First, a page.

We have our veteran fans, but it took a little while for them to digest the changes that took place with the group, but they grew with us. They didn’t grow apart from us. They carried us on and we carried them on. It’s this legacy, this spirit and this tradition. We walk beside each other, the fans and this band. We saw the fundamental changes, but we stayed right with the fundamental roots of the group. It’s still all about justice, friendship, truth and compassion for other human beings. We write about the trials and tribulations, the hardships, the struggles and we write about the triumphs. We write about the goodness in life. We write about justice.

But the fans still want to hear the old songs as well, right?
So do I, and I want to play them. And we will continue to. It’s the history, it’s the spirit, it’s the tradition, the legacy of the band to carry it on, no matter who has the torch. It’s our duty to carry it on and then the torch is passed. Pass, pass, pass. And people will see this with rock bands as the years go on. If they’re true to the music, it is passed on. So it was passed on within the band, and I carried it on when I got the trademark. It keeps on going and it keeps on evolving. We’re still putting out meritorious songs that mean something. We’re not just throwing a bunch of songs together that are a bunch of gibberish just to make a buck. To hell with that! Seriously! To hell with that! We’re going to be recording for the next 10 years at least. So get ready for some more justice [laughs].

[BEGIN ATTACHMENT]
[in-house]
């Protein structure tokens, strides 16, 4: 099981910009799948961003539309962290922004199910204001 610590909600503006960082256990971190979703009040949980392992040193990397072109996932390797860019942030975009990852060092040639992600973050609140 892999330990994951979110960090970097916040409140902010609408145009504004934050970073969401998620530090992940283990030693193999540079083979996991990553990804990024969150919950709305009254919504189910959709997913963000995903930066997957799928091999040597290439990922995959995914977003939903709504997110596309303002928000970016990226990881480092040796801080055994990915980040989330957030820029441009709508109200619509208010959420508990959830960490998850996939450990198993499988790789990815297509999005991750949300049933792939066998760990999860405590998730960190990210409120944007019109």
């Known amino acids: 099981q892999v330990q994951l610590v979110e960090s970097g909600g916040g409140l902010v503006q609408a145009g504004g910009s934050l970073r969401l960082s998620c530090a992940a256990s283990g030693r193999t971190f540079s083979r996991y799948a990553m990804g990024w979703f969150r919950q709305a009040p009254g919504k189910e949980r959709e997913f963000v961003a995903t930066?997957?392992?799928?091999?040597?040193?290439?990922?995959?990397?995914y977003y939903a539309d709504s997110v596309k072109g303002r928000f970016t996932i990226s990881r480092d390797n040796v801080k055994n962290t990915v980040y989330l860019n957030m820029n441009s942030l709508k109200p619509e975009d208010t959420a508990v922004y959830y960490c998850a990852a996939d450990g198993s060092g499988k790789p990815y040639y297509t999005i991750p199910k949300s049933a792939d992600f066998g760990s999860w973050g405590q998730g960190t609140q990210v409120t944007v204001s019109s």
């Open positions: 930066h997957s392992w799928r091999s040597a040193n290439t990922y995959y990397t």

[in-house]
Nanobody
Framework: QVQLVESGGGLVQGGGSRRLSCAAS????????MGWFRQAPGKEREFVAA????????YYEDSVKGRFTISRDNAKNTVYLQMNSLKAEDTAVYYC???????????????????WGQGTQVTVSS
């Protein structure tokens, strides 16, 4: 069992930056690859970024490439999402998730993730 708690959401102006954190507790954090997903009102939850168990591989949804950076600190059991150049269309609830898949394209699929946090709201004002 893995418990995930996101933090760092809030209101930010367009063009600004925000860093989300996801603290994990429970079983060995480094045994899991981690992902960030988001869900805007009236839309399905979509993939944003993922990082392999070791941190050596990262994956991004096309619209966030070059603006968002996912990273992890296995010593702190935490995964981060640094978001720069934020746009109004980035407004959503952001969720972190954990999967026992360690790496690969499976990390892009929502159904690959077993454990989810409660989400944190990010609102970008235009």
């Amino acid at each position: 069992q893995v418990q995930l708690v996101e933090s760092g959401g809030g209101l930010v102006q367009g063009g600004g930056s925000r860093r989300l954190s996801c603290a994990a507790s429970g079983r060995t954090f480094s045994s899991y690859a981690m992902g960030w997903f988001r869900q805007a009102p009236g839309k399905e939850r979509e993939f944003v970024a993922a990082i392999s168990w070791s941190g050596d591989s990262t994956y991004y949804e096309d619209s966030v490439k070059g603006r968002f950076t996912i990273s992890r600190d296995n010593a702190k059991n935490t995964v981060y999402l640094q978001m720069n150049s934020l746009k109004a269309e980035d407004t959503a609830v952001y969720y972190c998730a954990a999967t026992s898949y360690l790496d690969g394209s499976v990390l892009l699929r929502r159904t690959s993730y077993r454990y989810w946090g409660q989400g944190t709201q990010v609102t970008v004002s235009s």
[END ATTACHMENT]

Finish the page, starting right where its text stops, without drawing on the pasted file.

Is Molly Hatchet still intrinsically tied to the Southern Rock community like it was back in the beginning?
Yes, but that’s evolved. We’ll play with anybody. We’ll jam with anybody and we love doing it and improvising and jamming. It’s a lot of beautiful songs. It’s a lot of the same kind of songs as 35 years ago. We like to jam. We like to play … there are some long songs on there.

For related items that you may enjoy in our Goldmine store:
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• Order the latest Ozzy book,"The Wit & Wisdom of Ozzy Osbourne" (estimated ship date: 9/30/2010) Very witty. Very funny. Very Ozzy.